UP- Atmosphere and Story
Star Wars: The Old Republic really upped the ante in terms of the stories being told in the MMO space. TSW is not that ambitious, but it does go above and beyond the average in setting the mood, creating a story, and giving you a reason to do many of the things you are doing. As with SW:TOR much of the quest-givers dialogue is voiced. Clicking on an NPC to start a quest almost always starts a cutscene where the NPC will give you some background or explanation for what you are about to do. However unlike SW:TOR these are not interactive scenes. Your character is always a "silent protagonist" and does not participate in the conversation. There are no branching dialogue options or any form of interaction. I think this strikes a good balance between SW:TOR's "story is everything" approach, and the typical MMO where every quest devolves into "skip the text, kill ten rats, repeat."
Along with the storytelling, the game also excels at setting the mood. Now I can only speak to the two zones that were open in this beta, but in both there is a definite sense of dread and foreboding. I won't go so far as to call it a "survival horror" mood like you might hope to find in a game like Resident Evil, but you definitely get the sense that you are in a place where things have gone horribly wrong. The lighting, the music, everything lends itself to a sense of the macabre and it does a good job of making you feel like you are in this world that they are trying to create.
DOWN- Missing Key Features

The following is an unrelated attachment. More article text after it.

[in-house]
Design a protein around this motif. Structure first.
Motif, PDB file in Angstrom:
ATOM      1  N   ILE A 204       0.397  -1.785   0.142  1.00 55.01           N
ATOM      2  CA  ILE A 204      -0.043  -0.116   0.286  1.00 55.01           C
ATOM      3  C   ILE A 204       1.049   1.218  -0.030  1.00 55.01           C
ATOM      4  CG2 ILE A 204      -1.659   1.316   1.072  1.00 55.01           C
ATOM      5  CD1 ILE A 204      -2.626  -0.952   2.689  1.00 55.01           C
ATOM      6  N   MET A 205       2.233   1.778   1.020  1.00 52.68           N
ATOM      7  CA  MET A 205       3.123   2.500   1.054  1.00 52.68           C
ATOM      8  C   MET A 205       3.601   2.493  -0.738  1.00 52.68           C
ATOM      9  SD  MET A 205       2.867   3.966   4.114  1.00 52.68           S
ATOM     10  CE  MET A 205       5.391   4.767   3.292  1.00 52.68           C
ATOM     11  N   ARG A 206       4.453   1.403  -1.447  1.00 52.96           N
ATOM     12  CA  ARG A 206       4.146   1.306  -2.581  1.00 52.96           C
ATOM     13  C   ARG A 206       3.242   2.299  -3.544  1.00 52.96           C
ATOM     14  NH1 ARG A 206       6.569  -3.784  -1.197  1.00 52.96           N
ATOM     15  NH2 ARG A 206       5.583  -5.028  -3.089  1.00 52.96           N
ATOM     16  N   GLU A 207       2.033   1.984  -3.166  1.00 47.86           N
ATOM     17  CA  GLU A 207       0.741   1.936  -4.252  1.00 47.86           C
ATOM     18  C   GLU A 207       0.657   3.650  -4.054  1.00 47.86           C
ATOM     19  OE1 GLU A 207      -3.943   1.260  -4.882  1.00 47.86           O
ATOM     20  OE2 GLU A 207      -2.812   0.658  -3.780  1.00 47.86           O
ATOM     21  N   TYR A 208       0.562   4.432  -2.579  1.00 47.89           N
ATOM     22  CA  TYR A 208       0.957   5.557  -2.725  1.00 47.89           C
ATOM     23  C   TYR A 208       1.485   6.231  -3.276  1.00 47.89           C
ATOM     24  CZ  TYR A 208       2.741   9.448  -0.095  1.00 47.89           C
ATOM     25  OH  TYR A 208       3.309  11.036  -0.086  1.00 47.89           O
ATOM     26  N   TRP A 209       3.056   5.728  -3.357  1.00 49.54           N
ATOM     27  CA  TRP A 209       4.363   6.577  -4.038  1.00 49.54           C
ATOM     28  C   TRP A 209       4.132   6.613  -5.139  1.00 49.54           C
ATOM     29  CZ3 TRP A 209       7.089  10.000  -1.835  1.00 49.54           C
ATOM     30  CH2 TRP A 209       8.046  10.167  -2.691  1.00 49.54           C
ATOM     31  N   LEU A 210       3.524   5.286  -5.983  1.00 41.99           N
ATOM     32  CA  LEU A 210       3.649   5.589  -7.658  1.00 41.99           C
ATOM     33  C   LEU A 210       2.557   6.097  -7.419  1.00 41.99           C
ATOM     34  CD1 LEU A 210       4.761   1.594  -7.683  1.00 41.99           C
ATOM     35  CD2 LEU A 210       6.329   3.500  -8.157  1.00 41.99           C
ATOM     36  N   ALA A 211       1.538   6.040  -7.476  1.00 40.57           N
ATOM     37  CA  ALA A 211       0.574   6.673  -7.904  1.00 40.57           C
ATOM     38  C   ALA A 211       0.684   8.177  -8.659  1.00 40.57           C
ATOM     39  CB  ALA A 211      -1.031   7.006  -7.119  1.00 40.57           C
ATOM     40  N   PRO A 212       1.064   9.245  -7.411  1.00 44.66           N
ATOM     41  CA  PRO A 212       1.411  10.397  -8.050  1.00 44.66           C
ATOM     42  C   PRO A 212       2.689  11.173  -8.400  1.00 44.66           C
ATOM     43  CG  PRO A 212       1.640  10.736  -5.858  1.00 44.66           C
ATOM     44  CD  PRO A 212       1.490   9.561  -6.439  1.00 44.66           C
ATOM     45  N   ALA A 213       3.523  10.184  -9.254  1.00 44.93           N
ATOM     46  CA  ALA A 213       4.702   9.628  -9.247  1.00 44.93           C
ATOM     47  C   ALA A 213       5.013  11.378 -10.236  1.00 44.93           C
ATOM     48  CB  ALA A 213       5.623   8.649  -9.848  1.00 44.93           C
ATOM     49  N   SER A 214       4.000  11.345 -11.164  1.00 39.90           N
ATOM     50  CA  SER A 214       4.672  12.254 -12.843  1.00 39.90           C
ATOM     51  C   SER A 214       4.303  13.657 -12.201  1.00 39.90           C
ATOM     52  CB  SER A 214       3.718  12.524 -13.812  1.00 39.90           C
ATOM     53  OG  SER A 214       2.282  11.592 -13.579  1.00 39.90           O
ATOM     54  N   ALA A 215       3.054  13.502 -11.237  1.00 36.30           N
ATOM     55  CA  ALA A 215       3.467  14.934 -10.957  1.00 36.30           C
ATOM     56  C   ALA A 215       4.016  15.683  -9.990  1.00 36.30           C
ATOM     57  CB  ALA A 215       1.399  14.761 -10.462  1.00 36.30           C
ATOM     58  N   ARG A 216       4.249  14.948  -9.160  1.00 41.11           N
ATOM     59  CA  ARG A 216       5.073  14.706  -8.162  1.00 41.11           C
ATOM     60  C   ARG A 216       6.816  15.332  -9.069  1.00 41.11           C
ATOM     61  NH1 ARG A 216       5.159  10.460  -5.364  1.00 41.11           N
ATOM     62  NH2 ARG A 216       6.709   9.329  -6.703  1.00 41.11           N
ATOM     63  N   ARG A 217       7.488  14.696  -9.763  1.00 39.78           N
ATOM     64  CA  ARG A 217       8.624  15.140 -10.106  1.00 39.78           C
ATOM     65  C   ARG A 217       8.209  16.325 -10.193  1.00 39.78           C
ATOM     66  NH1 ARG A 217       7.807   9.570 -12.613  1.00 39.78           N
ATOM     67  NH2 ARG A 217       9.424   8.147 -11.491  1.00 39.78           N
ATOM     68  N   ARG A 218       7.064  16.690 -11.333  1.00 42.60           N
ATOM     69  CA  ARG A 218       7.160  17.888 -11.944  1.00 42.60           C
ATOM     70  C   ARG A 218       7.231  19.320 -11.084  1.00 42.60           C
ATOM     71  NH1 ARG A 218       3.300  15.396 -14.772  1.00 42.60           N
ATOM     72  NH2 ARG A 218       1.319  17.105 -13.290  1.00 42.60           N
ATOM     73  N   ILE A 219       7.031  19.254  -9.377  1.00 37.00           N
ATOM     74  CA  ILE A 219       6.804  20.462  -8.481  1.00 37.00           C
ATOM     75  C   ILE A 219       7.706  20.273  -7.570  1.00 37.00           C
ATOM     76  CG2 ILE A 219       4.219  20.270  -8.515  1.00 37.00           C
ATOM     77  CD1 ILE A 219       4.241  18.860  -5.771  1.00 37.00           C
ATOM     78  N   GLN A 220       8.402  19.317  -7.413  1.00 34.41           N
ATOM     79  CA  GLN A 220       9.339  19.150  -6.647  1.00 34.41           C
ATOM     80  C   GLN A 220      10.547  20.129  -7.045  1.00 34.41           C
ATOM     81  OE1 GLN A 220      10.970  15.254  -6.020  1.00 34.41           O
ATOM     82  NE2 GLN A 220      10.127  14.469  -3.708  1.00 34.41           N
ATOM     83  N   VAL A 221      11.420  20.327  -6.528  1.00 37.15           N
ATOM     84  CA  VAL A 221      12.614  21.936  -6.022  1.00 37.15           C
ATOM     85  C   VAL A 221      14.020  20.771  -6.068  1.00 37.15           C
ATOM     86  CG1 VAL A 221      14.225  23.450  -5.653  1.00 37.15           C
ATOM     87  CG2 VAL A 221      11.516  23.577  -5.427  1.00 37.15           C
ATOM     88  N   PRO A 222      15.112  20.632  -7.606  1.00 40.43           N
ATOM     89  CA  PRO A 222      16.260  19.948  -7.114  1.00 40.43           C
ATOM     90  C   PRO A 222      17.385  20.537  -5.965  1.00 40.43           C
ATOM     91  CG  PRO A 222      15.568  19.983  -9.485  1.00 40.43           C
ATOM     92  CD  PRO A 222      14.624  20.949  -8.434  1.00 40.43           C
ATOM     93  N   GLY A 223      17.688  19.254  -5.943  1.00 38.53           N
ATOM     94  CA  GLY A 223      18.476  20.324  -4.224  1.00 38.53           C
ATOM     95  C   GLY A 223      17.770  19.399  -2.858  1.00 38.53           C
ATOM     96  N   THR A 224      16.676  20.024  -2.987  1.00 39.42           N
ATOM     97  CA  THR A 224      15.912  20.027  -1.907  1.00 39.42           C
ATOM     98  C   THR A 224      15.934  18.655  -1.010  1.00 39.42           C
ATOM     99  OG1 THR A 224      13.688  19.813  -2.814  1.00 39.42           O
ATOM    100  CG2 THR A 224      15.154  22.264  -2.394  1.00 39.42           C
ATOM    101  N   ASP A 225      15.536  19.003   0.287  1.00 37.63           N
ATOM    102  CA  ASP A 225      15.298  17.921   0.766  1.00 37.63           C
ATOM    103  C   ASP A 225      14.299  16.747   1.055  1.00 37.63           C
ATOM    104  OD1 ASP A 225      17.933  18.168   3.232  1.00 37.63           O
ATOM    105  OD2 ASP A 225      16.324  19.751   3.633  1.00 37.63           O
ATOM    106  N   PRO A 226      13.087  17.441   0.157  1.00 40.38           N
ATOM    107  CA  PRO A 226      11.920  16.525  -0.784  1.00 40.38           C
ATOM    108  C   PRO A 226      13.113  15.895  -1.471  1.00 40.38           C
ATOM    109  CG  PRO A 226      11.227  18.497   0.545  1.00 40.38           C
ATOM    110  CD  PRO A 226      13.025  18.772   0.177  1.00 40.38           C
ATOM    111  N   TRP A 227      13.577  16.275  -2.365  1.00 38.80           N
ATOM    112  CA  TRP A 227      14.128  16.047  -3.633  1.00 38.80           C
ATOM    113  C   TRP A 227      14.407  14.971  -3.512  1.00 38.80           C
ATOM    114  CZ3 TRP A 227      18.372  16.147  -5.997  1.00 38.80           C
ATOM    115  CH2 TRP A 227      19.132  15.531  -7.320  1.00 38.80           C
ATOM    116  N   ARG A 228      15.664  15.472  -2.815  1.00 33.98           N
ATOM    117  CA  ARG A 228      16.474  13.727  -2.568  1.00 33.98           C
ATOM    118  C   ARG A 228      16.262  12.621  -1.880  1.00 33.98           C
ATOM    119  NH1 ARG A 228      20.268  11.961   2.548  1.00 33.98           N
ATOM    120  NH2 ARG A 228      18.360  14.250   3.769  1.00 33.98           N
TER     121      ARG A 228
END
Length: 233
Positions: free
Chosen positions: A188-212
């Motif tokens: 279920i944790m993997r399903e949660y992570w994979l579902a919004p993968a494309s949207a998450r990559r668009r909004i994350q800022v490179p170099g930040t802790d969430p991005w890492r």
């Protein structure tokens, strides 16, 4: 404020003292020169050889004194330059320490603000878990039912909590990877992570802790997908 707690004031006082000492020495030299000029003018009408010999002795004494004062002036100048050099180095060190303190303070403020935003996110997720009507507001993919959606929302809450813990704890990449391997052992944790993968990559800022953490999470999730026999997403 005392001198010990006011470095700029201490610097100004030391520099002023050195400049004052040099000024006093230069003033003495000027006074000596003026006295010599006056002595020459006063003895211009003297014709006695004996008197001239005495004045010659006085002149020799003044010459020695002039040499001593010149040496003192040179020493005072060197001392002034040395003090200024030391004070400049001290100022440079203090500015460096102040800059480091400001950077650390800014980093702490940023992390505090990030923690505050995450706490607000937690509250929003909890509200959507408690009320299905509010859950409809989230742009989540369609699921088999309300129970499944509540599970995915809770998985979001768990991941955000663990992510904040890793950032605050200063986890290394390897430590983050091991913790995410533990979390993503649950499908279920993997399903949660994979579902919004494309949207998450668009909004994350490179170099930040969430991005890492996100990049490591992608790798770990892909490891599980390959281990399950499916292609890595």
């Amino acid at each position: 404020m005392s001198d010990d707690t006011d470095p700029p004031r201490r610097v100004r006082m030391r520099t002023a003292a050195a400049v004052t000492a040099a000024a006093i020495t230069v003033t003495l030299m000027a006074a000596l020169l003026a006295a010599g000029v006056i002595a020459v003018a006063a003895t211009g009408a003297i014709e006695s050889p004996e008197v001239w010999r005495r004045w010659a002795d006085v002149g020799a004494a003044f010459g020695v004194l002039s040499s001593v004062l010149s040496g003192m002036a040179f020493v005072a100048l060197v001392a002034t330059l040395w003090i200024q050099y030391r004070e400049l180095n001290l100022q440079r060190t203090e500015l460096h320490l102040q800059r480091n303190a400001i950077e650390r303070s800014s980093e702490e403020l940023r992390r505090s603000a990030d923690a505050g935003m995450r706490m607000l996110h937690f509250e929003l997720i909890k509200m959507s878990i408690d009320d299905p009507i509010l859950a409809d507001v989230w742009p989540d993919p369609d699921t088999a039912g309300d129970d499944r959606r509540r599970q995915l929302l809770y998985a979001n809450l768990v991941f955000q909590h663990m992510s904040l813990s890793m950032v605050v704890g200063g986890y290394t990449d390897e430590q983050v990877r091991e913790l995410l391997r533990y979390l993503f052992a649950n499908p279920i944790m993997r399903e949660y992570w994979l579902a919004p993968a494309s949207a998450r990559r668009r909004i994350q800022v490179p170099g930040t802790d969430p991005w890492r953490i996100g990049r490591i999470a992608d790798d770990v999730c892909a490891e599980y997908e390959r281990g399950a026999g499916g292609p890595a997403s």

Ok as I said, I don't want to overlook the game's problems and it does have some. The first is that several key features of the game were still missing as of this test. Now I know, it is still in beta, but we are less than two weeks now from early access and exactly two weeks from launch. That is very late in the process to still have some very important features not implemented. Among these are guilds (or as TSW calls them, cabals), banks, and the auction house. These are not just "quality of life" features. They are necessities. No MMO should launch with these features not in place and if TSW were to do so, I would be the first to call them out for it, no matter how big a fan of the game I might be.
The fact that these features are not yet in the game for testing is a troubling sign. One might think that they would be fairly simple to implement, but my experience with other games would hint that is not the case. When RIFT put guild banks in there were some major issues with items being lost, entire banks being wiped out, etc. And anyone who has played SW:TOR can tell you what a mess using the AH in that game is. So what may appear simple on the surface is rarely that simple to implement. Can Funcom get these things into the game and functioning properly in less than two weeks? I don't know, but they had better.
DOWN- Performance Issues
Reports have been all across the board in terms of how TSW performs on various machines. People with amazing rigs report great performance, but others with similarly powerful machines claim major problems. And it is the same for minimal machines as well. Some say they can play just fine, others claim it is unplayable. All I can report here is my own experience and what I got was rather uneven. My CPU/GPU are no longer top of the line, but they are well above average, and certainly well above the recommended hardware for this game. Yet the client's performance was very inconsistent. I could not even identify specific situations or effects that would cause a slowdown. In some games I know heavy particle effects or shadows can give me trouble.